Business Other News 03 Oct 2016 Kaushik Basu retires ...

Kaushik Basu retires from World Bank, says won't take govt role

Published Oct 3, 2016, 12:51 pm IST
Updated Oct 3, 2016, 12:51 pm IST
Basu said there are policy practitioners who will never know the joy of single-minded pursuit of ideas.
India’s former chief economic advisor Kaushik Basu
 India’s former chief economic advisor Kaushik Basu

Washington: Having served World Bank as its chief economist for about four years, India’s former chief economic advisor Kaushik Basu says he will not take up any position in the Indian government and plans to return to Cornell University and focus on his research projects.

Basu also said that his experience at the World Bank taught him that a lot of policy in today’s global world has to step beyond individual nations and cautioned against attempts by big corporations attempting to “play one nation against another”.


“We need multi-lateral effort, we need global initiatives. This is true from broad monetary policy to micro tax policy. The big corporations today straddle multiple countries and can easily play one nation against another. This global policy perch that my job provided me was very exciting,” Basu said in an interview on his last day in office this Friday as senior vice-president and chief economist at World Bank.

Basu, whose name was earlier doing the rounds among probable contenders for the post of RBI (Reserve Bank of India) Governor as a successor to Raghuram Rajan, ruled out taking up any position from the Indian government. Incidentally, Rajan has also returned to academia to teach at Chicago Booth School of Business after his tenure at RBI ended on September 4.


To a question on any possible new role in the Indian government, Basu said, “Not now, and for two reasons. First, the government will not offer it, and second, I won’t take it. My most important task is a research project on understanding why laws are so often so good on paper but so poorly implemented.”

“This will involve economic theory, law, game theory and a lot of thinking. I have some exciting ideas and my plan is to focus on these over the next several months.” Basu, who had served as chief economic advisor in India during the previous UPA government, will resume his academic career at Cornell University’s new campus in New York but will continue to write from to time.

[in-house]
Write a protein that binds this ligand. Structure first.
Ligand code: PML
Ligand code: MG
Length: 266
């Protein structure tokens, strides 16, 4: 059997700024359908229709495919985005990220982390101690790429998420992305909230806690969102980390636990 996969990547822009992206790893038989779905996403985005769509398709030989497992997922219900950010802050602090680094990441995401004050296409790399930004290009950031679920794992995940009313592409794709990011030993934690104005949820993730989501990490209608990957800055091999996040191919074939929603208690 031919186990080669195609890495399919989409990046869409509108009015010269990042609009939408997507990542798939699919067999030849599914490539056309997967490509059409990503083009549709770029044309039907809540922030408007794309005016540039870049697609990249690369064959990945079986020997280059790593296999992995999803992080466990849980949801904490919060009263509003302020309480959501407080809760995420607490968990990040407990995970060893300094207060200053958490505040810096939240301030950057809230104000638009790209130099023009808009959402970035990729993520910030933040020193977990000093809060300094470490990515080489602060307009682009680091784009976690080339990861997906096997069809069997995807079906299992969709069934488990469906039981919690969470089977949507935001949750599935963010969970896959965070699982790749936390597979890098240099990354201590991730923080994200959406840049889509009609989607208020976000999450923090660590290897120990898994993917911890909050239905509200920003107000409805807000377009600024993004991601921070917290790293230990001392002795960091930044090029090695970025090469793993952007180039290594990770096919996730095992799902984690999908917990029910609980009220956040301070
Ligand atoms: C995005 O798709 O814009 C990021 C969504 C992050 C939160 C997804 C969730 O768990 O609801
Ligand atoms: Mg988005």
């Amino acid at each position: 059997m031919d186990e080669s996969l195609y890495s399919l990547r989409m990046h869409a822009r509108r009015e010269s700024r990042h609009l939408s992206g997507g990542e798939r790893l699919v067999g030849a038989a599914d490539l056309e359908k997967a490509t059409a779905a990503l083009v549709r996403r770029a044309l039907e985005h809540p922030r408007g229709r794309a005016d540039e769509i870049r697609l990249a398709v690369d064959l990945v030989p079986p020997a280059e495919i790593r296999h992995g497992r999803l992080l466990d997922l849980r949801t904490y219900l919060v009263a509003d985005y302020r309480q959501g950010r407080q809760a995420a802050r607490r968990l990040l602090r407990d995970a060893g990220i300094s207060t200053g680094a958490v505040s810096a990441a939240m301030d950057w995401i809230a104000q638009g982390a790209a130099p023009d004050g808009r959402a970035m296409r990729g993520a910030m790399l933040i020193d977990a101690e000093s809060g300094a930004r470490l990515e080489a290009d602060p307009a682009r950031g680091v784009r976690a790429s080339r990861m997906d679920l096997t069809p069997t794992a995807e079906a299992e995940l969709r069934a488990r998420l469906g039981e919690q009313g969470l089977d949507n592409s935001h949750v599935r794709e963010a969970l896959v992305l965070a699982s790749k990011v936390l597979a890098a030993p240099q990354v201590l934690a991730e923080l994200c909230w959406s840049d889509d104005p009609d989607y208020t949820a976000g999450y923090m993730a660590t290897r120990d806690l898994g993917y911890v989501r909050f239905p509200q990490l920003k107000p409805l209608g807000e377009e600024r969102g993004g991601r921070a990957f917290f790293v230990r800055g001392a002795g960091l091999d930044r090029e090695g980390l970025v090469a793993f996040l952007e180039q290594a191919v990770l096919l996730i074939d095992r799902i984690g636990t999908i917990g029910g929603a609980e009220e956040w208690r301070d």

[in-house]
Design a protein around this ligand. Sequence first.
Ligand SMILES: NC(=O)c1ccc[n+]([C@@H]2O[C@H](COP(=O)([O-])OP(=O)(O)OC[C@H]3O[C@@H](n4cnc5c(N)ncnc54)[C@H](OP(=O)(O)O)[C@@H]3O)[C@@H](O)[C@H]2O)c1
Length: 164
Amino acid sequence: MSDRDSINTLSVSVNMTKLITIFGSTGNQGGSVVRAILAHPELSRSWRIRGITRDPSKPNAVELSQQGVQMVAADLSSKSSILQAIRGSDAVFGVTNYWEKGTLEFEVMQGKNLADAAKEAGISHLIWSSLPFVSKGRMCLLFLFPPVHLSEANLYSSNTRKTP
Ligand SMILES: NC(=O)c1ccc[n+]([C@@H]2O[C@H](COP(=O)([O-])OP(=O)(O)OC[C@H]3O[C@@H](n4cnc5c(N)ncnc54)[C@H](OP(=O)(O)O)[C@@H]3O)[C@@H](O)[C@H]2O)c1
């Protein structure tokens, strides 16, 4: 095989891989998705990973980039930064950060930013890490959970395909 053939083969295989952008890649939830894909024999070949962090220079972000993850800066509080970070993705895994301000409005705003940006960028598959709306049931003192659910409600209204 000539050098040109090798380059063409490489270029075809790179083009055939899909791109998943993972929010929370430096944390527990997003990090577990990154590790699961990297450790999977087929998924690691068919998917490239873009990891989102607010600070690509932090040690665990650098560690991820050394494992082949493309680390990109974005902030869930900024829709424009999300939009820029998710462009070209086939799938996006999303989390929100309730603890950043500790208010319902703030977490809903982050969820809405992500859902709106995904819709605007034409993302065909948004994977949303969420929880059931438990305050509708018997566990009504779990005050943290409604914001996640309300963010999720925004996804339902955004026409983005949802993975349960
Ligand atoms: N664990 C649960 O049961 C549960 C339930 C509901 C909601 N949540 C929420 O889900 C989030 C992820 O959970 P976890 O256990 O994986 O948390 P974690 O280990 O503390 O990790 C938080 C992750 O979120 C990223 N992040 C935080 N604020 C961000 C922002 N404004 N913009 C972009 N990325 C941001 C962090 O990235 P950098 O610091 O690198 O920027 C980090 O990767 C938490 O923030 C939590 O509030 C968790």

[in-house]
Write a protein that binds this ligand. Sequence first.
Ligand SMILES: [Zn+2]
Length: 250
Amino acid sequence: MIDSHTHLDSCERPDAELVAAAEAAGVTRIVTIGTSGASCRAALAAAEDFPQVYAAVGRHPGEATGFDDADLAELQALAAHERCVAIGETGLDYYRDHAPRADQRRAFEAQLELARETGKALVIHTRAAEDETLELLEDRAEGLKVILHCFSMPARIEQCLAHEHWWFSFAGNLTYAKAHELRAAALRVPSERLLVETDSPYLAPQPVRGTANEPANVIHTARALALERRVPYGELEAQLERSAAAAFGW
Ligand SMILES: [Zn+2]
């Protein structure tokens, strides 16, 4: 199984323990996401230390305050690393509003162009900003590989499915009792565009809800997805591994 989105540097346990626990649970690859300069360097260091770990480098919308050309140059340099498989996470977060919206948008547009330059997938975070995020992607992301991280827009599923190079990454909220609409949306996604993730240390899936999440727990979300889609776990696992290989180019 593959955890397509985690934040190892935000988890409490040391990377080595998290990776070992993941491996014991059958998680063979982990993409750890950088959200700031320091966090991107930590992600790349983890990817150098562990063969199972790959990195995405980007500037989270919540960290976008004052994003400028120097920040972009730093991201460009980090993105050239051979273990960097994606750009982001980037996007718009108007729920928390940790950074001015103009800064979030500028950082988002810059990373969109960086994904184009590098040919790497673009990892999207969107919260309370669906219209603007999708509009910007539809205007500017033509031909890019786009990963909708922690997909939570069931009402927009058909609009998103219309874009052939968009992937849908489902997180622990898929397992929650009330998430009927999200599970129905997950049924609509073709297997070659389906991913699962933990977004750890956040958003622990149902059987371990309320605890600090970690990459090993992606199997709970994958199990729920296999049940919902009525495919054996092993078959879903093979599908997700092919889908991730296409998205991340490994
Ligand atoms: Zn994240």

He said his earlier experience with the Indian government helped him a lot at World Bank, saying it can be “very bureaucratic”.

Talking about his experience at the World Bank, Basu said, “Today is my last day here. I joined the Bank exactly four years ago. It has been a wonderful experience. Being Chief Economist of the World Bank allowed me to bring the best ideas from the world of economic theory to policymaking.

“I had the opportunity of fascinating interactions with not only national leaders and Finance Ministers, but ordinary workers, farmers, and civil society activists in remote parts of the world. This involved learning but also gave me the opportunity to carry economic theory to the real world.”


Basu said there are policy practitioners who will never know the joy of single-minded pursuit of ideas and then there are research economists, who don’t get to experience policy at work on the ground.

"I am instinctively a researcher, and can spend disproportionate amount of time pursuing one inquiry. It was pure good fortune on my part that I got to experience and combine both-the mythical theory and practice. There is of course adjustment involved in this. The World Bank can be very bureaucratic. Luckily, I had had nearly three years' experience in GOI before coming here.


"As a result, I quickly found myself quite at ease dealing with the bureaucracy as well as the politics, which all such large organisations have. Thereafter it was not hard to carry out the various plans I had for the Bank, from initiating new knowledge work, through improving its many products, to enhancing interaction between research and practice," he added.

In his advice for those in leadership roles, Basu said too many people spend too much time trying to get their word in, though the secret of success is not to waste time getting your say, but to focus, instead, on getting your way.


"I do feel good about what I achieved; but last week as I was clearing my office, the largest folder was one marked 'To do'. That always gives a sinking feeling but I suppose that is part of life," he said.